Since folic acid and vitamin B12 are very important in reducing the occurrences of common birth defects such as neural tube defects, or NTD, the genetic variants in SLC19A1 and other folate pathway genes have been investigated for their roles in common birth defects. One study showed that in Italians, the G allele of variant G80A was observed at higher frequencies in affected children with neural tube defects (NTD), their mothers, and their fathers [34]. Another study investigated the interaction between use of periconceptional folate supplementation in mothers and the risk of spina bifida in their infants as a function of the genotype at nucleotide position 80 of SLC19A1 in the infants [35]. It was found that infants born from mothers who did not take folate during periconception were at higher risk of having spina bifida if they carried the GG genotype (OR=2.4) compared to infants with the AA genotype. On the other hand, infants whose mothers took folate during periconception had a decreased risk of spina bifida if they carried the GG genotype compared to infants with the AA genotype. Although the findings did not reach statistical significance, this study reveals a potentially interesting gene-nutrient interaction involving folate use in mothers and SLC19A1 genotype at nucleotide position 80 in infants and risk of spina bifida. The G80A variant has also been studied in congenital defects, such as congenital heart disease (CHD) and cleft palate. One study showed that infants born from mothers who did not use folate supplementation were at significantly higher risk of CHD (OR=2.94) compared to infants whose mothers took folate during periconception. In addition, the CHD risk was significantly higher in infants with the GG (OR=4.03) and GA (OR=4.14) genotypes compared to infants with the AA genotype, if their mothers did not use folate supplementation. No significant association was found between SLC19A1 G80 genotype or maternal folic acid supplementation and the risks of cleft palate [36].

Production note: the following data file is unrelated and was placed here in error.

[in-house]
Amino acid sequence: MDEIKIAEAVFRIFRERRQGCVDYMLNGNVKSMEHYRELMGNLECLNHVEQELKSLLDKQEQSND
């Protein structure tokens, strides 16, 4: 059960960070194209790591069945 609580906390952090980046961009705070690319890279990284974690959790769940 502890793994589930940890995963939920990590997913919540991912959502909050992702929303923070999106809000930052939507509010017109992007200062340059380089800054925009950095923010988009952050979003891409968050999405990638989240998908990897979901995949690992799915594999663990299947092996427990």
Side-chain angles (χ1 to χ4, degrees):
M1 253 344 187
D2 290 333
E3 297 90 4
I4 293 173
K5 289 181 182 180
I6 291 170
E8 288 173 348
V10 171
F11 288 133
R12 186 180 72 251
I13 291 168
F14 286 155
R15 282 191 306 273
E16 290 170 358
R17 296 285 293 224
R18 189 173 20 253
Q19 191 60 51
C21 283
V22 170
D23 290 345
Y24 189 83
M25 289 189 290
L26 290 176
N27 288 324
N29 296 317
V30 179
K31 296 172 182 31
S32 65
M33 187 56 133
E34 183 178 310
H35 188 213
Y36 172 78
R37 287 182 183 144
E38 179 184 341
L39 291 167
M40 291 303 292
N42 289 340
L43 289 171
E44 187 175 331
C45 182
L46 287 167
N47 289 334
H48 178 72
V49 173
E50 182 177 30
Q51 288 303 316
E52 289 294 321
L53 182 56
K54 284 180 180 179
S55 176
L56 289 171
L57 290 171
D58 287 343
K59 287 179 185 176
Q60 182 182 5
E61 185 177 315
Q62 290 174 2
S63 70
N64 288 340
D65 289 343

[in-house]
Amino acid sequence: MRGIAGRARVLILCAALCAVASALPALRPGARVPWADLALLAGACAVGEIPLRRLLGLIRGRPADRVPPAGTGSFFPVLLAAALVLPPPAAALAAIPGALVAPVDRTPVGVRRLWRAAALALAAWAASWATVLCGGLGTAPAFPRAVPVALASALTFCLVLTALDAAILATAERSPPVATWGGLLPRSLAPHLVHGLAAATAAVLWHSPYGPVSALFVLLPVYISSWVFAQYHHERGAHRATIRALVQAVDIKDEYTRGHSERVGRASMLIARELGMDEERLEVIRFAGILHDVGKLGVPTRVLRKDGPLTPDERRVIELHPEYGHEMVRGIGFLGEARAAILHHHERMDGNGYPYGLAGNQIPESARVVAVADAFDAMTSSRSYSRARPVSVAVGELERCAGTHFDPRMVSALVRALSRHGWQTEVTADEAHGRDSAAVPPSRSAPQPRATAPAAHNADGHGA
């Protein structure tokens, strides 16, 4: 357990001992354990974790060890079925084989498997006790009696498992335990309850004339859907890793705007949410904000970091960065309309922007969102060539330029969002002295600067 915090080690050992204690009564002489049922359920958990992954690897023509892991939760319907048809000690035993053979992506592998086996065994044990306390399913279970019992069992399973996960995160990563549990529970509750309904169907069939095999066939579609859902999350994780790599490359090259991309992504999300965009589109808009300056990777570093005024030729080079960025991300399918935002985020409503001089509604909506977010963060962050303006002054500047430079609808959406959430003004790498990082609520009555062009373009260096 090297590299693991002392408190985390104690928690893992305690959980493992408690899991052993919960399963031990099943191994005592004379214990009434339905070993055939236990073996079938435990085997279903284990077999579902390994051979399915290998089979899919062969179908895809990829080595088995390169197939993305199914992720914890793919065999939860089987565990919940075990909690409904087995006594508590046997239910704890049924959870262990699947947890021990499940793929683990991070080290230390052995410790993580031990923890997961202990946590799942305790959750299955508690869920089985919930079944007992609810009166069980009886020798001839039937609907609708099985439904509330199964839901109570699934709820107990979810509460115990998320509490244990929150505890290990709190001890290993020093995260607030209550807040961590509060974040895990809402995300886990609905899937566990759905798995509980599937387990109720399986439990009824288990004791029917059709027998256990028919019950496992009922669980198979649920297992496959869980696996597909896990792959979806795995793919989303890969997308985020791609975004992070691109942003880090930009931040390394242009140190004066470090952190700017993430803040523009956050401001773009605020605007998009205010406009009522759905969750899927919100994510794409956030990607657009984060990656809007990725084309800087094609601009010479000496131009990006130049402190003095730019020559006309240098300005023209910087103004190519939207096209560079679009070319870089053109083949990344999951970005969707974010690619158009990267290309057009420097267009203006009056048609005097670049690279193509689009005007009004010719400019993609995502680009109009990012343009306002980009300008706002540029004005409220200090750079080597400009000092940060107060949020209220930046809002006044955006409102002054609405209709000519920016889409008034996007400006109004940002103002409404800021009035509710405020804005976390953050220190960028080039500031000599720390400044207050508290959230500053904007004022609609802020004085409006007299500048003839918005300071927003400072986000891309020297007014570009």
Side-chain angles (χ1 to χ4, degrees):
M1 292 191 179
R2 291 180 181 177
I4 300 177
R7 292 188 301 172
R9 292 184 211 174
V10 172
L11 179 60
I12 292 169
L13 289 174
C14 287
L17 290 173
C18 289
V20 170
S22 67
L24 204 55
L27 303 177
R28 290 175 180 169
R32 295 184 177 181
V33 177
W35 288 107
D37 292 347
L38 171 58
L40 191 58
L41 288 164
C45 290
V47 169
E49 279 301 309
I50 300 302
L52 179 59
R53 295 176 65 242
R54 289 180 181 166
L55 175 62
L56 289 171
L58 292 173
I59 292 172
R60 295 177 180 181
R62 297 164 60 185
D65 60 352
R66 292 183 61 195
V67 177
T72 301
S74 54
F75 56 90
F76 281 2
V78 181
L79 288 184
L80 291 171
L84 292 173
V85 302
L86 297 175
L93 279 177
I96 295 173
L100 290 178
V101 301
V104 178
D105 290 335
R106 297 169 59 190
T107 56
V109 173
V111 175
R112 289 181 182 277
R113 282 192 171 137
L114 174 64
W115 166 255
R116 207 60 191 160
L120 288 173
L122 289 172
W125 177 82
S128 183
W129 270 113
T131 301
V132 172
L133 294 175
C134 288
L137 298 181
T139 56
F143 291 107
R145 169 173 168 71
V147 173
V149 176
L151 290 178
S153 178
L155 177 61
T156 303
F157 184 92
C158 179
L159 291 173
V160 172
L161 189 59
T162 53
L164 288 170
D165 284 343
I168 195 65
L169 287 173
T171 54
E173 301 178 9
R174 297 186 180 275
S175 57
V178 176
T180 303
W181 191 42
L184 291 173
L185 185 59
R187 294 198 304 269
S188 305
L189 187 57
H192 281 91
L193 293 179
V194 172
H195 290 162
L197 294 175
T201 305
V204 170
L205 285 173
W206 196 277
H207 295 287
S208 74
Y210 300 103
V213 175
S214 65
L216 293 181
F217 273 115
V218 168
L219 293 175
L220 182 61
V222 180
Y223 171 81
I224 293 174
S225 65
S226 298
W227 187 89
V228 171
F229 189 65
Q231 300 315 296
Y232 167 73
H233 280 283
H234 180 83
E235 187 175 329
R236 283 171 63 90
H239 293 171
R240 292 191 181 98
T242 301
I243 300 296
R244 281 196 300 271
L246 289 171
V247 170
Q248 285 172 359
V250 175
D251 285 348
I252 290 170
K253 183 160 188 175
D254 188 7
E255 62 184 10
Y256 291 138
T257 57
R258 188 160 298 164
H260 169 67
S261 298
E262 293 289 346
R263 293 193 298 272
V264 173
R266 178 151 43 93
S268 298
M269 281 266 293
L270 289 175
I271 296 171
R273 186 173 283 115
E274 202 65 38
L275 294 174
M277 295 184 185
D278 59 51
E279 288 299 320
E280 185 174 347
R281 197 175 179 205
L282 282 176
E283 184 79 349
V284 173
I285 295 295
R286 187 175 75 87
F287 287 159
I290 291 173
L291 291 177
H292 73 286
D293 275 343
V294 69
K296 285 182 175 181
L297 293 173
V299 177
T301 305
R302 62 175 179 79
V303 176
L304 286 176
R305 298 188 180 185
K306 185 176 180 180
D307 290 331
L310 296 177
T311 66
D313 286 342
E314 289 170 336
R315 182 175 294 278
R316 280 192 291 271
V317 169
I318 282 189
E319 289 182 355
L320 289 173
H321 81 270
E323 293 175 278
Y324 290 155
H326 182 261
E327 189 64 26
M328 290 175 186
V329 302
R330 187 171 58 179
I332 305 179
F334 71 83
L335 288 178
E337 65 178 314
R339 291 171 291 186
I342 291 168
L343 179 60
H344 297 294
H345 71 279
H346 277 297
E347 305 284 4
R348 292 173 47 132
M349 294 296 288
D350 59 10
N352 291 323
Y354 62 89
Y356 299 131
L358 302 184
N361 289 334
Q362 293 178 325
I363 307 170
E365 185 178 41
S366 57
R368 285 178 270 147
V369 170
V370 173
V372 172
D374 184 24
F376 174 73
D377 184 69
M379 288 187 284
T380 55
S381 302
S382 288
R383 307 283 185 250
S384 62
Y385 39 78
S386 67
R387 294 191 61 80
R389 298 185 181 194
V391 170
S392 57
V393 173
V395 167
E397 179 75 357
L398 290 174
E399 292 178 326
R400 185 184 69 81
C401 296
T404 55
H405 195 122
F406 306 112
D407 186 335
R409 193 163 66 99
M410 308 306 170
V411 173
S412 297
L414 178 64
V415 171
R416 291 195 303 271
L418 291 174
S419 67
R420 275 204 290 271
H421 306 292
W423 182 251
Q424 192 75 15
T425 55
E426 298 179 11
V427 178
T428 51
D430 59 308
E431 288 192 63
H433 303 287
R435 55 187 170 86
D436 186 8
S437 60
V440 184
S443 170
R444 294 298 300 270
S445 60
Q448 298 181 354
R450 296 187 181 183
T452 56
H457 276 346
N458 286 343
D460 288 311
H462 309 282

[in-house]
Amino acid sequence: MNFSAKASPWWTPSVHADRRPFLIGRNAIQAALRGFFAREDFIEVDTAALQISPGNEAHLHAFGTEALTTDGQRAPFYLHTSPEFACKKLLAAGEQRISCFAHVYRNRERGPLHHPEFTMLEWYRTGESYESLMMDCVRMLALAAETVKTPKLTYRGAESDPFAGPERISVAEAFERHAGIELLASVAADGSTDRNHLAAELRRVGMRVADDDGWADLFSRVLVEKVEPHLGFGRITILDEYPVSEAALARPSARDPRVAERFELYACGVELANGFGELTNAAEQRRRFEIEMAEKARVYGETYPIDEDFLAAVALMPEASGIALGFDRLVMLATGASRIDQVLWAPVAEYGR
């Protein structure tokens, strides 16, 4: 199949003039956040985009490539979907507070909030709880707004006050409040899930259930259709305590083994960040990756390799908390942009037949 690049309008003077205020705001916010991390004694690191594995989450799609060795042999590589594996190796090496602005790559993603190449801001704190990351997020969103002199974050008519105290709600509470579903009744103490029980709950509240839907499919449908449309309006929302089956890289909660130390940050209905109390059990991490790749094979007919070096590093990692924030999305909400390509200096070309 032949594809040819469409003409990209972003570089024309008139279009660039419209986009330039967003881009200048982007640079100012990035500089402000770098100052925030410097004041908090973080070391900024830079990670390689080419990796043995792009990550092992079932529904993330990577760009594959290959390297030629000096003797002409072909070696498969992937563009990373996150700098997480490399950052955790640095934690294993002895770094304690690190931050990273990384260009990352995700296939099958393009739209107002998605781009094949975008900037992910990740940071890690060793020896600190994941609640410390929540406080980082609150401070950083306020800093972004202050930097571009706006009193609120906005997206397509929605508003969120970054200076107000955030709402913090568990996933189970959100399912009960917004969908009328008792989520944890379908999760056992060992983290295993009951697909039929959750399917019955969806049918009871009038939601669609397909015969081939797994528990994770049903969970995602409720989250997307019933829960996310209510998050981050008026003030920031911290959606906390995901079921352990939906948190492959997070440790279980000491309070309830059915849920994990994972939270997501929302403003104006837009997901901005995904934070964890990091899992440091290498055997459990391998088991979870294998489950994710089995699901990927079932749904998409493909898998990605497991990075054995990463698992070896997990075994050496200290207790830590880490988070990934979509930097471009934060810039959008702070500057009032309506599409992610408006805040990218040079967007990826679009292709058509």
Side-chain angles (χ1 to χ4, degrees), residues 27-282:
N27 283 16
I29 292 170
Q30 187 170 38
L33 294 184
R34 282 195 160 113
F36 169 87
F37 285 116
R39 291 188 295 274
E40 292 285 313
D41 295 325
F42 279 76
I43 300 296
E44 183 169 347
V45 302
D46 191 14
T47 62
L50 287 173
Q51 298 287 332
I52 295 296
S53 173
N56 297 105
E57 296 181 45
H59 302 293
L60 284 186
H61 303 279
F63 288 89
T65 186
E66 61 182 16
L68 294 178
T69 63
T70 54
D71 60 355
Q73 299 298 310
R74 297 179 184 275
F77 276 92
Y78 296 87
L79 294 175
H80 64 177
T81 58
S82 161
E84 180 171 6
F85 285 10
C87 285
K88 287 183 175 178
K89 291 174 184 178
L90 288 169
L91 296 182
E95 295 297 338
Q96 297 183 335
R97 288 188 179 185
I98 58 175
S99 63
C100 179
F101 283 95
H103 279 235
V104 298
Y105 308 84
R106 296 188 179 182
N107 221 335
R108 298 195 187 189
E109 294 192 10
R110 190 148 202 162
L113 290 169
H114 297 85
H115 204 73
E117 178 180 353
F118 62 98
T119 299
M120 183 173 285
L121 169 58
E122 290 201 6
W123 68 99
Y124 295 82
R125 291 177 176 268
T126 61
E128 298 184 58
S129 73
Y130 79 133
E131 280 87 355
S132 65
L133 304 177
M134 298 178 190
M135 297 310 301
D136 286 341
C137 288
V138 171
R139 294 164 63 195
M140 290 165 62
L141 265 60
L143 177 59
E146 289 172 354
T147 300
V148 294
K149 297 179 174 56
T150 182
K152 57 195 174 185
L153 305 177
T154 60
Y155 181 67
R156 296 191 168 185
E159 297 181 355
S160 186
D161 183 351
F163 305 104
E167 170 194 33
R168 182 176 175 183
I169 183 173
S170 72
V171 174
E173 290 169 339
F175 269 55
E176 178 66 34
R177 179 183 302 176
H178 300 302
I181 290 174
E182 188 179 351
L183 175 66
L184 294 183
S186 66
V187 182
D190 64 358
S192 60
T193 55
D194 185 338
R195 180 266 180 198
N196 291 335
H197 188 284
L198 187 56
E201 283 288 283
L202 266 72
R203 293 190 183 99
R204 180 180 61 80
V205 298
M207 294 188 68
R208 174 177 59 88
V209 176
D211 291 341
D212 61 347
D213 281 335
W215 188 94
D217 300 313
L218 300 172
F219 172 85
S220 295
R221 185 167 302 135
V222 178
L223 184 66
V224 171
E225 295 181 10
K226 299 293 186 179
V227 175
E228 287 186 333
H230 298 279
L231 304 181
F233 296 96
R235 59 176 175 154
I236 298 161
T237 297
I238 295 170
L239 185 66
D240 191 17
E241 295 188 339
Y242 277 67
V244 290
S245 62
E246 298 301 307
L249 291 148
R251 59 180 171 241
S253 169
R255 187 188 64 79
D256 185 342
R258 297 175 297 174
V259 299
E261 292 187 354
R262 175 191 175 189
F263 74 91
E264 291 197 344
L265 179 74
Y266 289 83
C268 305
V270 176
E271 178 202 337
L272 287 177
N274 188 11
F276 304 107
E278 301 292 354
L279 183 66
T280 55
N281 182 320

Association with other risks affected by folate levels
There are several biosynthetic pathways in humans that require folate. As a result, any changes to the folate bioavailability could influence human health. A study involving 156 patients showed that the A allele had a significant protective effect against thrombosis (OR = 0.56) [37].